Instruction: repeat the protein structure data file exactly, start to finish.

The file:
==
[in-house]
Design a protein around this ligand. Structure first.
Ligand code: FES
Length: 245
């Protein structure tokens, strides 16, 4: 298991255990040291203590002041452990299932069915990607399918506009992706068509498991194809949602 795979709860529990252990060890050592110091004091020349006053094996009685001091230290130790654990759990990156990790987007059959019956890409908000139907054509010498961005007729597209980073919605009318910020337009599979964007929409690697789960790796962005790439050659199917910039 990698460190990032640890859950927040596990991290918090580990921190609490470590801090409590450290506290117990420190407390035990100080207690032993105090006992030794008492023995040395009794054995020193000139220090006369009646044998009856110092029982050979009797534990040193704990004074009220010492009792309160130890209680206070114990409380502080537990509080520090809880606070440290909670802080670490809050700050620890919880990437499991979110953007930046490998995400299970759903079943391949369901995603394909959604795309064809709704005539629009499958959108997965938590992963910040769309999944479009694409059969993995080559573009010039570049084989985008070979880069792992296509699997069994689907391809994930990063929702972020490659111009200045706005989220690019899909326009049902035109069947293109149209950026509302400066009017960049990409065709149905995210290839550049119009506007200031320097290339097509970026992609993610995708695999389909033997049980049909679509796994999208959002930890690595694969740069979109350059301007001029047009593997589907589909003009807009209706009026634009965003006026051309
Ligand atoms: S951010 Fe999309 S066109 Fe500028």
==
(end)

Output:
[in-house]
Design a protein around this ligand. Structure first.
Ligand code: FES
Length: 245
């Protein structure tokens, strides 16, 4: 298991255990040291203590002041452990299932069915990607399918506009992706068509498991194809949602 795979709860529990252990060890050592110091004091020349006053094996009685001091230290130790654990759990990156990790987007059959019956890409908000139907054509010498961005007729597209980073919605009318910020337009599979964007929409690697789960790796962005790439050659199917910039 990698460190990032640890859950927040596990991290918090580990921190609490470590801090409590450290506290117990420190407390035990100080207690032993105090006992030794008492023995040395009794054995020193000139220090006369009646044998009856110092029982050979009797534990040193704990004074009220010492009792309160130890209680206070114990409380502080537990509080520090809880606070440290909670802080670490809050700050620890919880990437499991979110953007930046490998995400299970759903079943391949369901995603394909959604795309064809709704005539629009499958959108997965938590992963910040769309999944479009694409059969993995080559573009010039570049084989985008070979880069792992296509699997069994689907391809994930990063929702972020490659111009200045706005989220690019899909326009049902035109069947293109149209950026509302400066009017960049990409065709149905995210290839550049119009506007200031320097290339097509970026992609993610995708695999389909033997049980049909679509796994999208959002930890690595694969740069979109350059301007001029047009593997589907589909003009807009209706009026634009965003006026051309
Ligand atoms: S951010 Fe999309 S066109 Fe500028």